In the end, mankind identified that angling the gnomon and aiming it north made a more accurate sundial. Simply because its angle makes up for the tilt of the Planet, the hour marks stayed the same all through the year. This type of gnomon is called a style. After this breakthrough, users were able to build sundials that were significantly better at keeping good time. A variety of kinds of sundials evolved as man strived toward producing precise timepieces.

Ancient Egyptians started out using a T-shaped “time stick” of which consisted of one vertical stick and one crossbar the names of five hours were written on this stick in hieroglyphics. Each morning the stick was located to make sure that it pointed east. The shadow from the crossbar would then fall across the stick and shift toward the crossbar until noon. In the afternoon, the stick was re-positioned to face west. Around 1500 BC smaller Egyptian timepieces were being created. The sundial was a more compact variation of the obelisk. The uncovering of smaller sized, mobile models of sundials informs us that taking time with them used to be necessary to the Egyptian people.

During the middle ages, peasants in northern European countries utilized sundials carved into the bottom of their wooden clogs. To read the time, the peasant would remove his / her footwear and stand vertically facing the sun. The hours were read by the shadow cast by the heel on the dial.

A further ancient European tool for telling time had been the hand dial. The gnomon on this sundial was simply a stick. It was used in alignment by way of a person’s thumb. The gnomon was then gripped in the left hand in the morning and the hand was kept horizontal to the floor, pointing west. When noon had passed, the gnomon was held by the right hand and pointed east. As mankind demanded improved precision over the moving position of the Earth during the year, sundials were revised from flat discs to types that are more detailed.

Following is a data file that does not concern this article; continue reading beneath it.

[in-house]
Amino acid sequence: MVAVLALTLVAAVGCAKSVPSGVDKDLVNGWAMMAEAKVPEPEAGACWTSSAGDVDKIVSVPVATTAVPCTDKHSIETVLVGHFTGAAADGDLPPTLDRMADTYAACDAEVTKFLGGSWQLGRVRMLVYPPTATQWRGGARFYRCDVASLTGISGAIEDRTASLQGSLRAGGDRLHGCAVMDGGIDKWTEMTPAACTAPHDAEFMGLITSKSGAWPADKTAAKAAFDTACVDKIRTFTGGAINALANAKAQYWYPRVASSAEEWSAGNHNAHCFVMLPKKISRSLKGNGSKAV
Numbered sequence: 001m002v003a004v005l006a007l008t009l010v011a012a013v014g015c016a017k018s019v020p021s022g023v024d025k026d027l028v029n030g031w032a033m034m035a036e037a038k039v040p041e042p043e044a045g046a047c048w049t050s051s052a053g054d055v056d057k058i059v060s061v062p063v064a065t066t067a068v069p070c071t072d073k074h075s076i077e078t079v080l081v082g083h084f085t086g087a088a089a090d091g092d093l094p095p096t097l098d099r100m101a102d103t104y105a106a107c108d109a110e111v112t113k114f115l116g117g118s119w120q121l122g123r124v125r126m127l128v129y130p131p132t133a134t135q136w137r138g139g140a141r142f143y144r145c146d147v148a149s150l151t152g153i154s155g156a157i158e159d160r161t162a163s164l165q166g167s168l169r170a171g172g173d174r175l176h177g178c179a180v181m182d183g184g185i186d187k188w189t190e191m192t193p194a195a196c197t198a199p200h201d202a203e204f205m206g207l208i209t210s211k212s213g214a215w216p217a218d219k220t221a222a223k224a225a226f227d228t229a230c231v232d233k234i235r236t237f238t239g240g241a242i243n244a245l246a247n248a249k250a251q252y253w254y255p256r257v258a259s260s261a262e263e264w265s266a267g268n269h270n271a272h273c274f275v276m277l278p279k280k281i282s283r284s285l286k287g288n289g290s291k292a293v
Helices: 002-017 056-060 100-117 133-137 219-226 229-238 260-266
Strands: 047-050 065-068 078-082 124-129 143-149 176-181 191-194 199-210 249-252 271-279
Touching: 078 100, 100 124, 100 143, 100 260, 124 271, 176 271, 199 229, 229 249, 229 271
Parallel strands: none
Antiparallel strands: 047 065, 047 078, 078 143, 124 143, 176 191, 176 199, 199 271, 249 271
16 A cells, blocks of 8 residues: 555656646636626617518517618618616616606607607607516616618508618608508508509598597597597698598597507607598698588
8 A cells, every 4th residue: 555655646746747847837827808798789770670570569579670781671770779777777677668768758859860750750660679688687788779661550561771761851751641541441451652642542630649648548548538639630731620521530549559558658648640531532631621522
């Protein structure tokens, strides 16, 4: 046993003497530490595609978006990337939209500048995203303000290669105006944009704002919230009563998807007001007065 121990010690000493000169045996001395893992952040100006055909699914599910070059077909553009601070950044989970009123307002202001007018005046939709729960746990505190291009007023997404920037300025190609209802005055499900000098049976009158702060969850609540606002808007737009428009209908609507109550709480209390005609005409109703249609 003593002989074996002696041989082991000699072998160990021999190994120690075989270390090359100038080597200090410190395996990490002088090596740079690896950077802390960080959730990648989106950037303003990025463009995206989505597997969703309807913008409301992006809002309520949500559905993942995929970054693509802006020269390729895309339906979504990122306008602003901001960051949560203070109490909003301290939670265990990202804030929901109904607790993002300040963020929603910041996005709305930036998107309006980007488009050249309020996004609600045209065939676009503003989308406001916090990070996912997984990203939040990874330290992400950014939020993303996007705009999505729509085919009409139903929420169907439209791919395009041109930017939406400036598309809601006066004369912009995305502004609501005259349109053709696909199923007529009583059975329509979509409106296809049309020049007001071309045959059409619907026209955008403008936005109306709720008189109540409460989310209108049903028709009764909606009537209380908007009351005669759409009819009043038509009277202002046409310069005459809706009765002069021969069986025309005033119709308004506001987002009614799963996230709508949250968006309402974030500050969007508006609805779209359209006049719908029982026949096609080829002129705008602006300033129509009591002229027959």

Through Renaissance periods sundials changed rapidly and a variety of styles were developed. As well as having hour and minute inscriptions for telling time, more features were frequently added. Many sundials acquired markings to display the seasons, the calendar date, the times of sunrise and sunset, Zodiac signs, along with the points of the compass rose.

People continued to make sundials long after clocks were invented. Sundials could be counted on to keep accurate time, and were often employed to set the correct time on clocks that had stopped working! Sundials were still the most popular method of keeping time right up until wrist watches were invented making it a lot easier for individuals to tell time where ever they were.

Today many people who have sundials in their gardens use them as ornamental objects more than as a way of keeping time. Thanks to the invention of the electronic digital watch, folks no longer have to carry around a transportable sundial. But sundials shouldn’t be neglected by modern day man. The sun does not rely on battery power and will always rise in the morning and set in the evening, making the sundial one of the most dependable ways of measuring time.